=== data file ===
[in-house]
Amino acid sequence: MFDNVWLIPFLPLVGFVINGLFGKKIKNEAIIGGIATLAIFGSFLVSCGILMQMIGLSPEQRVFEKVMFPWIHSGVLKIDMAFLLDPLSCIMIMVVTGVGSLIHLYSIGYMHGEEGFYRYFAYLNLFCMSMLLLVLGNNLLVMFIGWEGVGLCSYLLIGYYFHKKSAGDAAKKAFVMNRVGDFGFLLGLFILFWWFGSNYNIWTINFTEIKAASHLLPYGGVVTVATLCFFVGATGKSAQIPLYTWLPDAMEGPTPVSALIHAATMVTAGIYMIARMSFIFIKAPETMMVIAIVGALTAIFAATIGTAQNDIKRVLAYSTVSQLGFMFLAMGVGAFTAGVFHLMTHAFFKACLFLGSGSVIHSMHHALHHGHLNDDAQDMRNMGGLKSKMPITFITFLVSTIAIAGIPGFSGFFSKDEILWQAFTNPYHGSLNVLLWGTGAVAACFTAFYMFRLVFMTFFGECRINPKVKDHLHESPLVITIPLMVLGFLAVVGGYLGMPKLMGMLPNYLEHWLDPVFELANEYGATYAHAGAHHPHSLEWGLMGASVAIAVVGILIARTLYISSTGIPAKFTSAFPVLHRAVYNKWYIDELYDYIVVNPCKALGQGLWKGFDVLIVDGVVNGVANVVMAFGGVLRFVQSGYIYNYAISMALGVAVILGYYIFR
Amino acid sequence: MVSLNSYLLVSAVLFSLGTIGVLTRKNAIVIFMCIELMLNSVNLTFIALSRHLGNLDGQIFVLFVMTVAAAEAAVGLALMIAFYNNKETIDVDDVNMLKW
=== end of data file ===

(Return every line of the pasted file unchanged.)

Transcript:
[in-house]
Amino acid sequence: MFDNVWLIPFLPLVGFVINGLFGKKIKNEAIIGGIATLAIFGSFLVSCGILMQMIGLSPEQRVFEKVMFPWIHSGVLKIDMAFLLDPLSCIMIMVVTGVGSLIHLYSIGYMHGEEGFYRYFAYLNLFCMSMLLLVLGNNLLVMFIGWEGVGLCSYLLIGYYFHKKSAGDAAKKAFVMNRVGDFGFLLGLFILFWWFGSNYNIWTINFTEIKAASHLLPYGGVVTVATLCFFVGATGKSAQIPLYTWLPDAMEGPTPVSALIHAATMVTAGIYMIARMSFIFIKAPETMMVIAIVGALTAIFAATIGTAQNDIKRVLAYSTVSQLGFMFLAMGVGAFTAGVFHLMTHAFFKACLFLGSGSVIHSMHHALHHGHLNDDAQDMRNMGGLKSKMPITFITFLVSTIAIAGIPGFSGFFSKDEILWQAFTNPYHGSLNVLLWGTGAVAACFTAFYMFRLVFMTFFGECRINPKVKDHLHESPLVITIPLMVLGFLAVVGGYLGMPKLMGMLPNYLEHWLDPVFELANEYGATYAHAGAHHPHSLEWGLMGASVAIAVVGILIARTLYISSTGIPAKFTSAFPVLHRAVYNKWYIDELYDYIVVNPCKALGQGLWKGFDVLIVDGVVNGVANVVMAFGGVLRFVQSGYIYNYAISMALGVAVILGYYIFR
Amino acid sequence: MVSLNSYLLVSAVLFSLGTIGVLTRKNAIVIFMCIELMLNSVNLTFIALSRHLGNLDGQIFVLFVMTVAAAEAAVGLALMIAFYNNKETIDVDDVNMLKW